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Cost of modifying Heritage Wharf to be revealed

The docks at Heritage Wharf aren’t strong enough to accommodate the new generation of cruise ships, Government insists.The Royal Gazette.Norwegian Breakaway makes its arrival at Dockyard.The Royal Gazette would like to clarify that last week’s article on the Heritage Wharf works made reference to “repairs” being undertaken at the facility. The correct wording for the project should have been “modification”.

“It is clear from the structural analysis undertaken to date that the dock is not strong enough for the present ships and so it follows is not strong enough for the larger ships in the design load conditions specified for the improvement,” a Public Works spokesman told

“These loads have been derived from internationally accepted standards and discussions with the cruise lines.”

Modifications to the wharf are to be completed ahead of the May start of cruise ship season, when the

The price tag for the latest work at the West End facility should be released this week, the spokesman added.

“In addition we would like to be clear on the procurement and pricing of this project,” he said.

“This project is being undertaken on an open-book basis — there are no hidden costs. This approach ensures fairness and quality and means that we can work together to achieve this. The overhead and profit of general contractor was a part of the bid analysis and all contractor payments will be actual costs of labour, plant and materials with documented back up which is supported by industry standard price agreements.”

According to contractor Dennis Correia, whose company built the original structure at Dockyard, a host of countries through the Caribbean and Central America are faced with the dilemma of larger-than-expected cruise ships calling on their shores.

Mr Correia listed the Dominican Republic, Tortola in the British Virgin Islands, St Lucia, Barbados and Nicaragua as countries where he has helped with upgrades “on behalf of a major cruise line and or individual developers”.

Part of the modification ongoing at Heritage Wharf is the dismantling of the facility’s thruster wall, badly damaged during Hurricane Igor in 2010.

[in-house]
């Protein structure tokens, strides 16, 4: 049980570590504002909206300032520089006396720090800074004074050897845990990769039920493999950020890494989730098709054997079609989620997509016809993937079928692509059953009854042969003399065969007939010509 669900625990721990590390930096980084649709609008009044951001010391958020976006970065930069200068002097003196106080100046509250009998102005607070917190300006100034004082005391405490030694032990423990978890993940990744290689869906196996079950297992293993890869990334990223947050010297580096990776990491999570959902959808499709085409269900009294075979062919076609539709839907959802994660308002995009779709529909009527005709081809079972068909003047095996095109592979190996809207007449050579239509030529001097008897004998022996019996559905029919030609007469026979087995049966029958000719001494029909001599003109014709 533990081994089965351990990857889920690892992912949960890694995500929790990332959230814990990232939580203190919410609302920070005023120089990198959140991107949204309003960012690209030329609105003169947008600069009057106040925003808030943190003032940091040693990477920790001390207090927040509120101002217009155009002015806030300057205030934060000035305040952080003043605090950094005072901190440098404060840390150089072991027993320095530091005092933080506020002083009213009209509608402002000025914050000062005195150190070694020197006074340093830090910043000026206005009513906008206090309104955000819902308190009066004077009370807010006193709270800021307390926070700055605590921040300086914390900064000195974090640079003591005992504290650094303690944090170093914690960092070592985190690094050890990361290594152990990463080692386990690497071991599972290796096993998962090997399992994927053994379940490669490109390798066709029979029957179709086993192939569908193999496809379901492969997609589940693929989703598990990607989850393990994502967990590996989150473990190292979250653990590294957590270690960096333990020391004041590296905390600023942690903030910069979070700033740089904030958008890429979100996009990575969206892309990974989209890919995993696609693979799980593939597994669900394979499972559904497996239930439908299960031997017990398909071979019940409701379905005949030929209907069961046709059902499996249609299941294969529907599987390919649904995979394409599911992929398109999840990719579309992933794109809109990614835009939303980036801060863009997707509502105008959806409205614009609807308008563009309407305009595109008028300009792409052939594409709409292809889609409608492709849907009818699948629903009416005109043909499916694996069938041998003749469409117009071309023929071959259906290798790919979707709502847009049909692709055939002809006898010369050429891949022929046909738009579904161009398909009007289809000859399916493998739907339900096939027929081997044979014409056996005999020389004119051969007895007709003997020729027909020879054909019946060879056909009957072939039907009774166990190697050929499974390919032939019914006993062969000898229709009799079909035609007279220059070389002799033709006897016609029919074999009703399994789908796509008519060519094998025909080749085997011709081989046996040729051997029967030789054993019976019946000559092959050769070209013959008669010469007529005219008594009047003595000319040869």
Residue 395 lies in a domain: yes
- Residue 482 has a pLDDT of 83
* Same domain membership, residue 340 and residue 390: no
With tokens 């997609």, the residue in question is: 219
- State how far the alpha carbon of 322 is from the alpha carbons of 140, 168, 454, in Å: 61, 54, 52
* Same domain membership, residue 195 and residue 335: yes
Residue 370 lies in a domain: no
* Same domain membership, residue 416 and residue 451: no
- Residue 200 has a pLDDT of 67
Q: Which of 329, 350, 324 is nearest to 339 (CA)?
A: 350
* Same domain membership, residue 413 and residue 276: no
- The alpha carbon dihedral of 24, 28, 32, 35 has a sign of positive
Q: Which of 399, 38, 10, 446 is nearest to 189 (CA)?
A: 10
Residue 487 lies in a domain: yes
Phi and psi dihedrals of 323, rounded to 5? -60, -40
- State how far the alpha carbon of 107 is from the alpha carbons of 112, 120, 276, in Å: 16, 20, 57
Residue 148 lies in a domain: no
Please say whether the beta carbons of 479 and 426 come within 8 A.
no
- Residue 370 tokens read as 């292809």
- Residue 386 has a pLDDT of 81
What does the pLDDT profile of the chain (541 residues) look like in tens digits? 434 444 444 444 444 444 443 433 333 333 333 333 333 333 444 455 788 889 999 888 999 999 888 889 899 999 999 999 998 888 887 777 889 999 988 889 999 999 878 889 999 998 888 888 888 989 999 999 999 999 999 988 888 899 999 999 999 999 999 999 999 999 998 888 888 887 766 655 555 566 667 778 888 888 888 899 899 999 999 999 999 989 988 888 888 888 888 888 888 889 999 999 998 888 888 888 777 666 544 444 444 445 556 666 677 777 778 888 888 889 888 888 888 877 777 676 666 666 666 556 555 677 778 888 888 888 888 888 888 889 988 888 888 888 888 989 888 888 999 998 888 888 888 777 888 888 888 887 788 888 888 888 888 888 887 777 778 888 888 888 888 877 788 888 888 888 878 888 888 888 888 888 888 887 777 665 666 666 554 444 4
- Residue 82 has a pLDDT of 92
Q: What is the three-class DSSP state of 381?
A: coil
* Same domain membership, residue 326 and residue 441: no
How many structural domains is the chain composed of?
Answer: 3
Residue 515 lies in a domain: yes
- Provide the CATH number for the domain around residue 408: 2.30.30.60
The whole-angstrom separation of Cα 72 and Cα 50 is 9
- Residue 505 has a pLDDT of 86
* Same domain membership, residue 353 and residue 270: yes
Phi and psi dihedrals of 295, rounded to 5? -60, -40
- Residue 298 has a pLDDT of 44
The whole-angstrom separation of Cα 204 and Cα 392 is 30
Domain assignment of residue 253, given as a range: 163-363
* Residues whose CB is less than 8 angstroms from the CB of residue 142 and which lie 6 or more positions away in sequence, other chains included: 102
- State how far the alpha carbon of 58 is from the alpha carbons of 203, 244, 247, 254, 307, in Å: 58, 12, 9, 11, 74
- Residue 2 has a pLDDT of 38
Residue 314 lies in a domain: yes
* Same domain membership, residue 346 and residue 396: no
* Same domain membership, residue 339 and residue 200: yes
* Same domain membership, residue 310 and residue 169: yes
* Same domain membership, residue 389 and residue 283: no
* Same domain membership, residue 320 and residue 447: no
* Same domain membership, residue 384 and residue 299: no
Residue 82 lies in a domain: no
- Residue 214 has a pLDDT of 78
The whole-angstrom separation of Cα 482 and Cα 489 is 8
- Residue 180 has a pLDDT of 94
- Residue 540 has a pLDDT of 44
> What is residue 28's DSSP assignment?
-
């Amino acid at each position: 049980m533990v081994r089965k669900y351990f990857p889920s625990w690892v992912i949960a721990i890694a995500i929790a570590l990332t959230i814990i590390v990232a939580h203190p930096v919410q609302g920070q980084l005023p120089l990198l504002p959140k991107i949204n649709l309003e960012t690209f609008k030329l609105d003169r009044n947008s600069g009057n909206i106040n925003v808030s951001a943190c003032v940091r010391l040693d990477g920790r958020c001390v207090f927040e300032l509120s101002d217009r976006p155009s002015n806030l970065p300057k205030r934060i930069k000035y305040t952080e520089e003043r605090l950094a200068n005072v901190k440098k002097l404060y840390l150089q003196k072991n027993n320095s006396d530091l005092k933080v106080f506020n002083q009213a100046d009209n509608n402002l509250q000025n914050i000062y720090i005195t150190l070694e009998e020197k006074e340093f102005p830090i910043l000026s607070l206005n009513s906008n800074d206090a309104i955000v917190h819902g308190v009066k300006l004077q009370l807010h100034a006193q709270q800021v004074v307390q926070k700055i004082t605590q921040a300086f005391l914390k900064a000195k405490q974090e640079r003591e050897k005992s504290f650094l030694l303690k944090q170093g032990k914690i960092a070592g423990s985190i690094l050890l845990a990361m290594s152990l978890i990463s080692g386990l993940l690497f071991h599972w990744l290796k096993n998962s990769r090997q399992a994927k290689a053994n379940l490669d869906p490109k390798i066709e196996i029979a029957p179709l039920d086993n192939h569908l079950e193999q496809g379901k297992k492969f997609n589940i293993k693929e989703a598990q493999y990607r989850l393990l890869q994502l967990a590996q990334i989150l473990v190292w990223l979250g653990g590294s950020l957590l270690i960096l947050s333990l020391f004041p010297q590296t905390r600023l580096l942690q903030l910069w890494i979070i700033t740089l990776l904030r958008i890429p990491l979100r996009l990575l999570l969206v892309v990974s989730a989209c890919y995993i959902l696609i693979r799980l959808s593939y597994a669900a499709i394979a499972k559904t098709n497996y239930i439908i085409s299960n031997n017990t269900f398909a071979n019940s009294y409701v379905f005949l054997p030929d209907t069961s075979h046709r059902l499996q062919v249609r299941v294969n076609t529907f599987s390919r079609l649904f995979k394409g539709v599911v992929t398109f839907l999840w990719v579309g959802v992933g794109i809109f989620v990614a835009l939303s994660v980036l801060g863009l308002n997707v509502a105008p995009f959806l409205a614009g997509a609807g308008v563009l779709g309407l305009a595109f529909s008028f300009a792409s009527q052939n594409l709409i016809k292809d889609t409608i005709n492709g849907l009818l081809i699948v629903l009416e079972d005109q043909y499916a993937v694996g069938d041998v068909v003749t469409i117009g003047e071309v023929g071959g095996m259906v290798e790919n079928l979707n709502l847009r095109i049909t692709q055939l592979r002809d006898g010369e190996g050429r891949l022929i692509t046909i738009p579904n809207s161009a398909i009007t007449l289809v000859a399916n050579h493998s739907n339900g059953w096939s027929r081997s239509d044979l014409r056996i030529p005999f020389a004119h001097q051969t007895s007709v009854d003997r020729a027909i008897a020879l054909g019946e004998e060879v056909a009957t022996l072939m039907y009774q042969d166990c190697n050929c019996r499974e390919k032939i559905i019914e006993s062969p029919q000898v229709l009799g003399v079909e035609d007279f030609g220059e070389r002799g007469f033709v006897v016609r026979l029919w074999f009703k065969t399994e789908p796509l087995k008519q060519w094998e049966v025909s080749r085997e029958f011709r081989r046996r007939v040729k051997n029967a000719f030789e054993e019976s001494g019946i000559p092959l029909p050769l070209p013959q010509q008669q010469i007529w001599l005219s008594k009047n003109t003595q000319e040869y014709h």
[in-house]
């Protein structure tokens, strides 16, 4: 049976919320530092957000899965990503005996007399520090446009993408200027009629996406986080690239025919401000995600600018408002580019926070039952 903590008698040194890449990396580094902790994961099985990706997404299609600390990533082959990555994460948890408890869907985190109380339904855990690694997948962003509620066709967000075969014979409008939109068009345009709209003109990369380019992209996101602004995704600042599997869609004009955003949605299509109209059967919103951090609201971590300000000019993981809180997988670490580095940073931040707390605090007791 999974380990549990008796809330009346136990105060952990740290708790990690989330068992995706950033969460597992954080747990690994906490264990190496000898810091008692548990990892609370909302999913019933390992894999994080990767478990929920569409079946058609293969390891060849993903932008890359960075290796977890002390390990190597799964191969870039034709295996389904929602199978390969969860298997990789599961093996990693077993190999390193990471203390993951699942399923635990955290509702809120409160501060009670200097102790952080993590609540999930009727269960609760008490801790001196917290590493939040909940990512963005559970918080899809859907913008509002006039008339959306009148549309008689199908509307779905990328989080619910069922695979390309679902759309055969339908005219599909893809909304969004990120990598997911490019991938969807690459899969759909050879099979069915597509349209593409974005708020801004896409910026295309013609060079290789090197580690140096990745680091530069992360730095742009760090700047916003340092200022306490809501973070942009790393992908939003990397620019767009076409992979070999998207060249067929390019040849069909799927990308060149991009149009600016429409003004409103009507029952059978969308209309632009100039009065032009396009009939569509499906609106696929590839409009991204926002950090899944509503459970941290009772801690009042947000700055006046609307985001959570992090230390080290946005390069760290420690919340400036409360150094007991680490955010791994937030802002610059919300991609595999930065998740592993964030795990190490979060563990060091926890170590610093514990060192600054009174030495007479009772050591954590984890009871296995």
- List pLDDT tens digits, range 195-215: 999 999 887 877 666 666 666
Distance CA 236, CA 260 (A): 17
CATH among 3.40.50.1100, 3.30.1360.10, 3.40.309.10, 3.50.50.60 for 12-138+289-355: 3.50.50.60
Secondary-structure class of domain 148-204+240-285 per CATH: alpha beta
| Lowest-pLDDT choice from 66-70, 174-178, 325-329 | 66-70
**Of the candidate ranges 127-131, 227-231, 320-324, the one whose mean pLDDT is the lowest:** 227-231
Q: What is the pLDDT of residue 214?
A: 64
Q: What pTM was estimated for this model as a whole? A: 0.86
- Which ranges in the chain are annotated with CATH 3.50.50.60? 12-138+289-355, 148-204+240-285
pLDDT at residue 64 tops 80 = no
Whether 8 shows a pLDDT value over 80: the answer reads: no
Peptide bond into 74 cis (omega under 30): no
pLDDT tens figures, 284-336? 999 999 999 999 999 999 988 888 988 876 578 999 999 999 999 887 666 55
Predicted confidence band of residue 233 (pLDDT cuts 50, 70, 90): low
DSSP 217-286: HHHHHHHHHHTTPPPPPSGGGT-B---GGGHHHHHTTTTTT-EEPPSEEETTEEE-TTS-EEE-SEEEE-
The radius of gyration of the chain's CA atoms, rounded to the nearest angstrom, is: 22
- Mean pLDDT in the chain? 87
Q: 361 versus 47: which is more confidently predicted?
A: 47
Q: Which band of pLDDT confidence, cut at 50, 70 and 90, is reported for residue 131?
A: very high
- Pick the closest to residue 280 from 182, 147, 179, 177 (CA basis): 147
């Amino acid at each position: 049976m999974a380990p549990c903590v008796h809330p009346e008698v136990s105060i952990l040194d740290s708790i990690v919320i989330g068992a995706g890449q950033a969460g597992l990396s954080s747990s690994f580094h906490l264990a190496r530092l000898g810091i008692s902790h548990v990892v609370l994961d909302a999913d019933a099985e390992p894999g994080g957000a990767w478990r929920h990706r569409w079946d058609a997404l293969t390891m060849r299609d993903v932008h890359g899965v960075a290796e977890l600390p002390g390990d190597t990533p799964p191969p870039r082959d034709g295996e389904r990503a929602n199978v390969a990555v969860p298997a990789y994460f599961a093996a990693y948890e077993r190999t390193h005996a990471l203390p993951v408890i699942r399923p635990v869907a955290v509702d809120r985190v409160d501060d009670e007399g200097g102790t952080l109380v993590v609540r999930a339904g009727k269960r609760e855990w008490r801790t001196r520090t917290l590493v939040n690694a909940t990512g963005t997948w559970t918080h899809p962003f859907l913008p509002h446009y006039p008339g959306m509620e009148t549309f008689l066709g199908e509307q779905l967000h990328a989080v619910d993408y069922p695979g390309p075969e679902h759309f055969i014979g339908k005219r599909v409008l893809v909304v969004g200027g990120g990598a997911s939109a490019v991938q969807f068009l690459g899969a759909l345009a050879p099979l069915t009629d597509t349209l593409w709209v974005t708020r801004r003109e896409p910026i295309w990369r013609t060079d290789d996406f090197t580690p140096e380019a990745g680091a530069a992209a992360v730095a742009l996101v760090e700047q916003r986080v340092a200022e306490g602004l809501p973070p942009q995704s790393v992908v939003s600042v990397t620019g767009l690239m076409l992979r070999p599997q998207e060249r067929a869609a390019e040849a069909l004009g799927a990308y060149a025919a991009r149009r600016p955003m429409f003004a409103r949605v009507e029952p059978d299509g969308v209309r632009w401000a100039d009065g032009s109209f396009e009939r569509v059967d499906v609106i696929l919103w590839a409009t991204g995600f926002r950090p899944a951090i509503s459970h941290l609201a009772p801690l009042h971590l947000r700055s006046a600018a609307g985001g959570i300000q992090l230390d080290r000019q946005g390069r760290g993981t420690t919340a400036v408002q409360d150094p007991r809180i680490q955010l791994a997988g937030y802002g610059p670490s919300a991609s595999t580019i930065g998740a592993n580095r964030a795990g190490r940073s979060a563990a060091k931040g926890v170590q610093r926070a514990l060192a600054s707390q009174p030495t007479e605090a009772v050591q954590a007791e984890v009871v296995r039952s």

According to the Government spokesman, its removal — delayed by work undertaken during the cruise ship season — is “almost complete”.

He added that the Office of Project Management and Procurement, along with the Ministry of Finance, have given their support for the latest work at Dockyard.

“Financial Instructions require that we go to at least three bidders,” the spokesman said. “Unfortunately there are only two marine contractors on the Island [of] a capacity that could be considered helpful in taking on a project of this size. For this reason, we approached six Bermudian general contractors of known experience with high quality project management skills and requested that they bid for the works. These general contractors all replied that they would be interested and were issued with RFP documents.”

Government sought maximum Bermudian input in the construction process, he said.

“These general contractors could have selected one, or both of the two marine contractors to work on the project,” he added. “There was no preferential treatment and the selection process had no political or other bias. It was quality- and price-driven as a judgment of the team put together.”

Heritage Wharf needs to be strengthened to cope with larger cruise ships. The cost of the planned modifications is expected to be released this week.

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Published January 28, 2013 at 8:00 am (Updated January 27, 2013 at 9:56 pm)

Cost of modifying Heritage Wharf to be revealed

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